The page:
Cattle: Steady-$2 HR Futures: mixed Live Equiv $134.85 - 0.48*
Hogs: Steady-$1 HR Futures: mixed Lean Equiv $82.30 + 0.34**
* based on formula estimating live cattle equivalent of gross packer revenue
** based on formula estimating lean hog equivalent of gross packer revenue
Cattle buying interest should start to take some formThursday morning. Yet it's a good bet that opening bids will remain far below asking prices of $124-plus in the South and $195-plus in the North. Accordingly, significant trade volume could be delayed until sometime Friday, especially if the board remains relatively firm. Live and feeder futures should start out with mixed prices as specs and comercials cautiously posture before the development of cash news.
Late-year cash firmed somewhat Wednesday with moving country receipts no better than moderate. Such buying interest is expected to increase Thursday with bids rangng from steady to $1 higher. As expected, Saturday's kill is set to be a large one as processors move to make up for lost time. Look for the weekend slaughter to total close to 385,000 head. Expect lean futures to open narrowly mixed with slow trade volume.
|BULL SIDE||BEAR SIDE|
|1)||Out-front (with delivery of 22 days or more) boxed beef sales surged over 1,200 loads last week. Early-year demand may be already showing legs.||1)||Beef cut-outs closed solidly lower at midweek, suggesting that retailers and food mangers will remain cautious buyers until at least after New Years.|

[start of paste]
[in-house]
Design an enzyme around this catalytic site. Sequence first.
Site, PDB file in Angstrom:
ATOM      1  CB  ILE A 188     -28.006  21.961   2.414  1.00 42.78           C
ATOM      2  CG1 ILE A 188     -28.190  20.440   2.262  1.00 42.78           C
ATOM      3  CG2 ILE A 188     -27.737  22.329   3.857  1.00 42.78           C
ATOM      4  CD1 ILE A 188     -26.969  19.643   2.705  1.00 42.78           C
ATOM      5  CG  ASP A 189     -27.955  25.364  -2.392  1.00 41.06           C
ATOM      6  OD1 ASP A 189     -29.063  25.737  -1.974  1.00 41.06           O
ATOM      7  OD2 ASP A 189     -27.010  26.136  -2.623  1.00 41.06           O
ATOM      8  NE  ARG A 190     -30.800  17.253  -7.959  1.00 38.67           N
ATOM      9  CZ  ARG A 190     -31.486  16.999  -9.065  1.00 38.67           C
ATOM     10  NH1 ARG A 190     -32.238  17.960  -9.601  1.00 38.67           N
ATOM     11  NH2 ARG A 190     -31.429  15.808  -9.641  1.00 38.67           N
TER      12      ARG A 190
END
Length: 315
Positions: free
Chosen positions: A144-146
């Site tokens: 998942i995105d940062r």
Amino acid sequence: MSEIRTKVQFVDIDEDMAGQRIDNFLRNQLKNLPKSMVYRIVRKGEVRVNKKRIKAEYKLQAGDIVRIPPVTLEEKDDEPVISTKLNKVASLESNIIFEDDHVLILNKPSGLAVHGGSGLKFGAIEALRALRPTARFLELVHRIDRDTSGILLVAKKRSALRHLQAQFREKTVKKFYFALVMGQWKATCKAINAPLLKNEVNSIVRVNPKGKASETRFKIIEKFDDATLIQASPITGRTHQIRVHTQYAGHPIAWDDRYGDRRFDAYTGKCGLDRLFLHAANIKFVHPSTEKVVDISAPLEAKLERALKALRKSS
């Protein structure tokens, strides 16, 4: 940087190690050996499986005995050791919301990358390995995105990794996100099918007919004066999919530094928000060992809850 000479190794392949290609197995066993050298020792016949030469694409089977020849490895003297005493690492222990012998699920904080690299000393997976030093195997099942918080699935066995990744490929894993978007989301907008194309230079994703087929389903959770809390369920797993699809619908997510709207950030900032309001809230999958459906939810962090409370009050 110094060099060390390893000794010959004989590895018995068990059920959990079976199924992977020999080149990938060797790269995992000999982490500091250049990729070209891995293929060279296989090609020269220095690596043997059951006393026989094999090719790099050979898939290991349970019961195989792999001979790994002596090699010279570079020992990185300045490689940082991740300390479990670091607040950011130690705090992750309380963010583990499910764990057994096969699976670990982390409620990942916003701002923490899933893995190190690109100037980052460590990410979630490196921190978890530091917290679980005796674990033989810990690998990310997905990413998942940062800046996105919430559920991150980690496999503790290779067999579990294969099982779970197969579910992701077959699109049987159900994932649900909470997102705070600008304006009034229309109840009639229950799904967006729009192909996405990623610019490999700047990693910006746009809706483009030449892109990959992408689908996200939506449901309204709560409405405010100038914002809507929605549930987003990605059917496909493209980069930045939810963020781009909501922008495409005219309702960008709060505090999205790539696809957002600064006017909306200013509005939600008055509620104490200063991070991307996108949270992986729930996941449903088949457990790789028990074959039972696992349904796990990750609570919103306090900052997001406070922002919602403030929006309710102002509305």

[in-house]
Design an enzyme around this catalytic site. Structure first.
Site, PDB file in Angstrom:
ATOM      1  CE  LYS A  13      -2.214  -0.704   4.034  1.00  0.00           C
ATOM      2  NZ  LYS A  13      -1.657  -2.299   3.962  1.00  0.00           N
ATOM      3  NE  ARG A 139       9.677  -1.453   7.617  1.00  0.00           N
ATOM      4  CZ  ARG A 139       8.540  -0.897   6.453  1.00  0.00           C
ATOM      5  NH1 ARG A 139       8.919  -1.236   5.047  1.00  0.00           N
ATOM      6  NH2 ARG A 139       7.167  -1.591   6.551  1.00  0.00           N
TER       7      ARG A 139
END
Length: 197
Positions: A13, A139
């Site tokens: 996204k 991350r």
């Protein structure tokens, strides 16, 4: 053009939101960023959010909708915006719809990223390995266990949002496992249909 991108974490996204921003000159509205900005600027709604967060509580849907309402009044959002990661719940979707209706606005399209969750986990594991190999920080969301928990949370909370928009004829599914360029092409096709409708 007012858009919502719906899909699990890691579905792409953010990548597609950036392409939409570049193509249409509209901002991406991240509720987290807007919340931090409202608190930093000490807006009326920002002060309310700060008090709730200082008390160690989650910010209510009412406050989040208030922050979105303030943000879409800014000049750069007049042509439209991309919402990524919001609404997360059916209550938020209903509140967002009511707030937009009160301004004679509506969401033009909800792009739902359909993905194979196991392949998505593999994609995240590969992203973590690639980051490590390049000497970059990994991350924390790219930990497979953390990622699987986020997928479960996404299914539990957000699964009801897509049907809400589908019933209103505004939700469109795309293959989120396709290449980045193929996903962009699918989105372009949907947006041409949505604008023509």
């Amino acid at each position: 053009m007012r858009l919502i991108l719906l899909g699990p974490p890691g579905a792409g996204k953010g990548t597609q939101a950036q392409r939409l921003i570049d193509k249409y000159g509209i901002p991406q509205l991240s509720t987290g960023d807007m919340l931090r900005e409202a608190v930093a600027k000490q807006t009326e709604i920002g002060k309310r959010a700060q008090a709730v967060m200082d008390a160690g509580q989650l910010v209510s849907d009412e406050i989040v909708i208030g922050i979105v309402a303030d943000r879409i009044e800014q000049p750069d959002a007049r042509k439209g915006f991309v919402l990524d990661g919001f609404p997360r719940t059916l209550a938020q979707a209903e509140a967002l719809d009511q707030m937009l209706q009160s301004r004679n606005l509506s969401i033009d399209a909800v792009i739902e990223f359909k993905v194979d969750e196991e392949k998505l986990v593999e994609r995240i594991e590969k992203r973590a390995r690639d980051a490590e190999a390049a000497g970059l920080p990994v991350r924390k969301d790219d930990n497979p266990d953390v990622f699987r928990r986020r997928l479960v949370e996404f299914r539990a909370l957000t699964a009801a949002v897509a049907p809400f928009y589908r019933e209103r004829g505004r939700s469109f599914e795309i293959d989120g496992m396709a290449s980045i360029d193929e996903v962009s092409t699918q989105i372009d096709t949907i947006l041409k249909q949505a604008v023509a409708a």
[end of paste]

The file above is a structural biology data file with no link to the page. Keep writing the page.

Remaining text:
|2)||A seasonal top in cattle carcass weights should be close at hand wiith the fall-out possibly accelerated by bitter cold winter temps.||2)||Spot Dec live is at modest premiums to Feb and Apr, suggesting limited upside potential in the cattle market going into the early part of 2018 and should encourage producers to remain current in their marketings.|
|3)||The pork carcass value closed moderately higher on Wednesday, supported by better demand from all primals except the picnic and butt.||3)||For the week ended December 23, Iowa barrows and gilts averaged 285.1 pounds, 0.1 pound heavier than the previous week. Yet the big news remains the fact the total towers 5.9 pounds greater than 2016.|
|4)||Since February lean hogs futures assumed spot contract status last week, both the short and long-term trends remain positive.||4)||The February lean hog contract finished the the midweek session 50 points lower at $71.03, a 945-point premium to the late cash index. Such a lead may proved to be justified, but it's not likely to get much larger until the cash market shows more life.|
CATTLE: (Oklahoma Farm Report) -- After an extensive search, the Cattlemen's Beef Promotion & Research Board (CBB) has named Scott Stuart of Colorado as the new chief executive officer, effective February 1, 2018.
Stuart has an extensive background in the livestock industry, including board management and as a contractor to the beef board. He currently serves as the President and CEO of the National Livestock Producers Association (NLPA), which comprises several regional livestock marketing cooperatives marketing over 2.5 million cattle annually. In his first few months at the CBB, Stuart says he wants to spend some time getting acquainted with the organization and its people.